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Beginnings And Endings

Posted on 12.01.2015 at 10:54
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I have a strange habit: When I buy a new novel, I make a point of reading the first line, regardless of how many other books are ahead of it in the queue. I’m not sure when I started doing it, or why—or at least, I’m not sure I had a reason at the time. With the benefit of hindsight, I can probably venture a hypothesis or two.

I don’t know if I can speak for all of book/literary culture, but first lines are something readers pay attention to. Just look at the various lists of memorable opening sentences. One book I’ve seen in the library collects first lines from eleven thousand stories. I’m sure you can probably recite a first line or two from something you’ve never read. (I’ve seen the opening to Pride & Prejudice enough to know it more or less by heart, though I still haven’t read any Jane Austen.)

And I get it. In my class this semester I’ve been talking about the seduction of the reader if a piece isn’t something people have to read, unlike when professional or civic or academic obligations compel them to read. The writer establishes a contract with the reader that promises some kind of pay-off—action, knowledge, mystery, something. Otherwise, why keep reading? While readers have different thresholds for when they’re willing to give up, it makes sense to get their interest as soon as possible.* For some, that’s the title. For many more, it’s that first line.

The reader perspective makes sense, but for me, my fascination with beginnings—of which the first line is kind of a big deal—comes out of a writerly curiosity. It’s easy to wonder about the choices the writer made in deciding to start a story in a particular place. Why begin with that scene or image or sentence out of all the ones available? What do we get in the opening—setting, dialogue, action, character, abstraction? What sense of language do we get a glimpse of—like, is there any rhythm in the prose even there at the start?

As you may or may not know, I really didn’t like reading when I was younger, so a huge swath of my childhood was devoid of formative reading experiences. I didn’t have books I read again and again until they disintegrated. I didn’t consume print in huge quantities during what were probably my most impressionable years. I’ve been working to make up for lost time, and so, because of that sense of time slipping away, I rarely revisit books. Though I’ve read hundreds, only so many beginnings have stayed with me. Some of them are so short that it’s hard to forget (like Fahrenheit 451’s “It was a pleasure to burn.”). Others I’ve seen repeatedly, often in craft books or books about books, that the memory becomes more solid (1984, Lolita). And yet, for all the specific sentences I recall, for others books, the thing that stuck is an image (Cassel Sharpe on a roof at the start of White Cat) or an idea (The Time Machine introducing the fourth dimension in a way that’s totally reasonable). And these aren’t necessarily the stories I remember best overall, just some pieces. So while an intriguing start is great, it’s not essential. Obviously you don’t want a story to feel like a slog from the first page, but the bulk of books I’ve loved didn’t floor me right away. That stuff arrived later—though probably not too much later.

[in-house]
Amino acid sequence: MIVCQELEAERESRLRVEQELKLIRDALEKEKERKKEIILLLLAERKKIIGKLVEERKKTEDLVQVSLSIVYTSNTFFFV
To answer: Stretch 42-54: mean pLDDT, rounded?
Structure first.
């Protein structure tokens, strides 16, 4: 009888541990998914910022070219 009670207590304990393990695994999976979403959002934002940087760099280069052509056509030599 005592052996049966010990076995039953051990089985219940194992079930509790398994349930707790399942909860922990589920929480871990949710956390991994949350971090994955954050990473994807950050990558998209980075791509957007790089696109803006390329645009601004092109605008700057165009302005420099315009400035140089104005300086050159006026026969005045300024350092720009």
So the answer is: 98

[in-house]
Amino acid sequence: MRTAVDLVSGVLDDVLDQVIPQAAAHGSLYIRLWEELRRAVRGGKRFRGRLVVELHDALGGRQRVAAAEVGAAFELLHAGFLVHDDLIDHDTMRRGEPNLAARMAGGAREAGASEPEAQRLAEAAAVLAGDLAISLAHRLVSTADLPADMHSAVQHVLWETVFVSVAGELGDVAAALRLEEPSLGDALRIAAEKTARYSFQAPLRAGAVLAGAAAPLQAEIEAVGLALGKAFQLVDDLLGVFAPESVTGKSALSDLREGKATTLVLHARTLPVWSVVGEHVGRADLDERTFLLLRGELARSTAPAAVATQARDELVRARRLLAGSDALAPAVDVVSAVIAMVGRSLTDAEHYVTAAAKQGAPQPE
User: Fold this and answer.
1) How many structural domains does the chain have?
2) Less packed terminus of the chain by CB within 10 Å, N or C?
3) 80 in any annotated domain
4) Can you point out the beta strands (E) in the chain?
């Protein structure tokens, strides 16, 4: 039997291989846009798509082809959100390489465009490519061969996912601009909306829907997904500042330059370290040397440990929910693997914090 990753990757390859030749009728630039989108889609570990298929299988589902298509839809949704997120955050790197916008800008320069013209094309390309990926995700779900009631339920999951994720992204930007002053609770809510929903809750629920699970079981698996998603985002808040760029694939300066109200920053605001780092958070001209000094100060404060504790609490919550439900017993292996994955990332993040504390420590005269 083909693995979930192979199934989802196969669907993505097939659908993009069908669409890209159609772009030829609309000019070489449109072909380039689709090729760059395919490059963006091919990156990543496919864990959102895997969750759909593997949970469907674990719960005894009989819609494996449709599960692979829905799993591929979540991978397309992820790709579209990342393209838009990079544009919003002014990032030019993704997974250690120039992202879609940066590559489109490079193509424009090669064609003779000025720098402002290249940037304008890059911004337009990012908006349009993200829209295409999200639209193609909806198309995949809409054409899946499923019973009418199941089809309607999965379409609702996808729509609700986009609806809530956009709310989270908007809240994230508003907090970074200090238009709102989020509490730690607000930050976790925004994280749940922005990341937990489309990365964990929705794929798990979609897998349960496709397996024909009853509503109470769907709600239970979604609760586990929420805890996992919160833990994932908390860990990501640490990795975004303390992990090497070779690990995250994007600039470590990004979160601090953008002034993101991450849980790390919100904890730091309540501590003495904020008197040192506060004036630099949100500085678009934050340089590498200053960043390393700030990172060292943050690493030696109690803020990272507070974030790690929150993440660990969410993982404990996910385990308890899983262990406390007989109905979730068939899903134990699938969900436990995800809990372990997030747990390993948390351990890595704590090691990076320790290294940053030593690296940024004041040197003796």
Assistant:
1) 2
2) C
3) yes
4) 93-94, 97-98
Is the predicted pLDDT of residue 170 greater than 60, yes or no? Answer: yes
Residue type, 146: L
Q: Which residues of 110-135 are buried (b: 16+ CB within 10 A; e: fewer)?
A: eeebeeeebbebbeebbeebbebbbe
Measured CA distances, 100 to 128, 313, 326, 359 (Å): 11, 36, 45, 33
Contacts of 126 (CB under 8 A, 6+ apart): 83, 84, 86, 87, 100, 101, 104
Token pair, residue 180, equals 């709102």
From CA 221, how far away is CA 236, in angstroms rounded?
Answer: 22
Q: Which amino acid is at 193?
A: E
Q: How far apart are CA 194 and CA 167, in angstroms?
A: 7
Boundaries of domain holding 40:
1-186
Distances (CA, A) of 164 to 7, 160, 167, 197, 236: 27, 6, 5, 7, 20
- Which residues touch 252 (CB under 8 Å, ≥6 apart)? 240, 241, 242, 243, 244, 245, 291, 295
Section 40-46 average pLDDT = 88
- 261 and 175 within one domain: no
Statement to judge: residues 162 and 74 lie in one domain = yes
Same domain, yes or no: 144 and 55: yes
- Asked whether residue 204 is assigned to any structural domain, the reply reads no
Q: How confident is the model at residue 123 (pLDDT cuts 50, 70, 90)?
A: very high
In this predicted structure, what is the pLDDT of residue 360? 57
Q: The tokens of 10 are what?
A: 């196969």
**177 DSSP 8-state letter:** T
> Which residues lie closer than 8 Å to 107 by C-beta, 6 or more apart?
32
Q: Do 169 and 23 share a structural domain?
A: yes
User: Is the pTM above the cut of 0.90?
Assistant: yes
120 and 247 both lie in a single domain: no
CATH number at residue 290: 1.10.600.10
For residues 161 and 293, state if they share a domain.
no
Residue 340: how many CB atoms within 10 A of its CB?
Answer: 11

As I was thinking about beginnings I remember—and the legion I forget—I realized I have a similar relationship with endings. Personally, I feel that endings are the hardest part to write, whatever I’m writing. My respect to those who figure out the destination then reverse-engineer a story from that. I can’t work that way. I’m not confident I know, even after all these years, when the right time to end a story is. I tend to not linger much once the conflict’s resolved; beyond that, I don’t have much technique for my own endings. I mean, exhortations of writing a “surprising but inevitable” ending don’t exactly help a whole lot in terms of actually putting that into practice.

But forget about principles. Let’s try for induction. Which endings (or near-endings) have stuck with me? (Brief, fairly vague references to Fahrenheit 451, The Road, A Wizard of Earthsea, Life of Pi, I Am Legend, and Daredevil: The Man Without Fear follow. I’m not sure if these qualify as spoilers, but in case they do, you’ve been warned.) Sometimes the ending hits hard with a vivid image (A Wizard of Earthsea, Daredevil: The Man Without Fear). Sometimes it’s a revelation that casts a new light on everything that came before (I Am Legend, Life of Pi). I admit, I’m partial to hope (The Road, Fahrenheit 451). And then there are the closers that demand slowing down by virtue of the cadence, so you savor the shape of the sentence (my go-to here is Neil Gaiman). But I’m sure that a number of books from my past would tick at least one of these boxes, so I guess I have no definitive pronouncements, just possibilities.**

What beginnings and/or endings have stuck with you? Any thoughts about why they persisted while others fell away?

* Throughout the writing classes I’ve taken, I’ve heard it emphasized again and again: Start off strong (though that doesn’t mean with a figurative explosion).

** One reason I likely have less to say about endings is their power rests on the preceding story, whereas a beginning doesn’t need the same amount of context to make sense. Jeff VanderMeer expresses a similar sentiment. In Wonderbook, he writes, “The truth is that it’s harder to talk about endings than beginnings.” Plus, y’know, spoilers.

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